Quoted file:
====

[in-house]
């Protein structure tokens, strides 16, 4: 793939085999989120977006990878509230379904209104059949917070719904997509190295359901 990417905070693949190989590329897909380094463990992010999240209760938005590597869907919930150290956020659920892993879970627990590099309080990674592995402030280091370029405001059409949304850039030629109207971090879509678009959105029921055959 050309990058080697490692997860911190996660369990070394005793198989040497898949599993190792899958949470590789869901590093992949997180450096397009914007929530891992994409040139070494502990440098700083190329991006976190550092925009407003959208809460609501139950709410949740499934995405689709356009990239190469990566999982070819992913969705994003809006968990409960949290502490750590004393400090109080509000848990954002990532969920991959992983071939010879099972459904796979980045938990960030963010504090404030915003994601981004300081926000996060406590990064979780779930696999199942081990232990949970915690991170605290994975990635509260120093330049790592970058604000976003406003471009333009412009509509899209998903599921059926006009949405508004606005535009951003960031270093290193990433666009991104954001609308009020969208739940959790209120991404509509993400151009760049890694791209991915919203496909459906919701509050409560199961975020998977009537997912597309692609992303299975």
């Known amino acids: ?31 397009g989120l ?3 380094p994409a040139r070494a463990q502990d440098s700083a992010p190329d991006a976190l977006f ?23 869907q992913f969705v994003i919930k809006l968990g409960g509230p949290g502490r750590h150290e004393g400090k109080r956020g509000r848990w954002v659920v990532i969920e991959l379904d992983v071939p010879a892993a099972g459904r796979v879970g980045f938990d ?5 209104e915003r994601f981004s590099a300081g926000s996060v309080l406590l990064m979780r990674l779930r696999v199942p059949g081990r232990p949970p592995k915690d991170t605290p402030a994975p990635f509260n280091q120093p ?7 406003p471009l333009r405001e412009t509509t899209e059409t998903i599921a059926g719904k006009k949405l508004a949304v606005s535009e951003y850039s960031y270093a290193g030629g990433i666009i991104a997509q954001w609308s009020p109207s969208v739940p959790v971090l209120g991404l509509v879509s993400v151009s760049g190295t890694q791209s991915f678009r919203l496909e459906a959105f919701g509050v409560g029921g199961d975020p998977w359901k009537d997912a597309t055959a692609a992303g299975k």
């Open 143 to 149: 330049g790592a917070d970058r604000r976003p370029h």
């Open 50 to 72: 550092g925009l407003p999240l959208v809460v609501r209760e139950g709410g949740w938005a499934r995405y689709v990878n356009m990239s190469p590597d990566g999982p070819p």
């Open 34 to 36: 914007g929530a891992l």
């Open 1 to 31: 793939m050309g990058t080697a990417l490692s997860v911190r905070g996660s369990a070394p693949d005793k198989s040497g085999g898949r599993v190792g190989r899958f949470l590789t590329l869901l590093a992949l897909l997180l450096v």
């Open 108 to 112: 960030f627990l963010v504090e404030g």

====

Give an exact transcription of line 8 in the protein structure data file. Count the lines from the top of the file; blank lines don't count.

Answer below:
């Open 108 to 112: 960030f627990l963010v504090e404030g």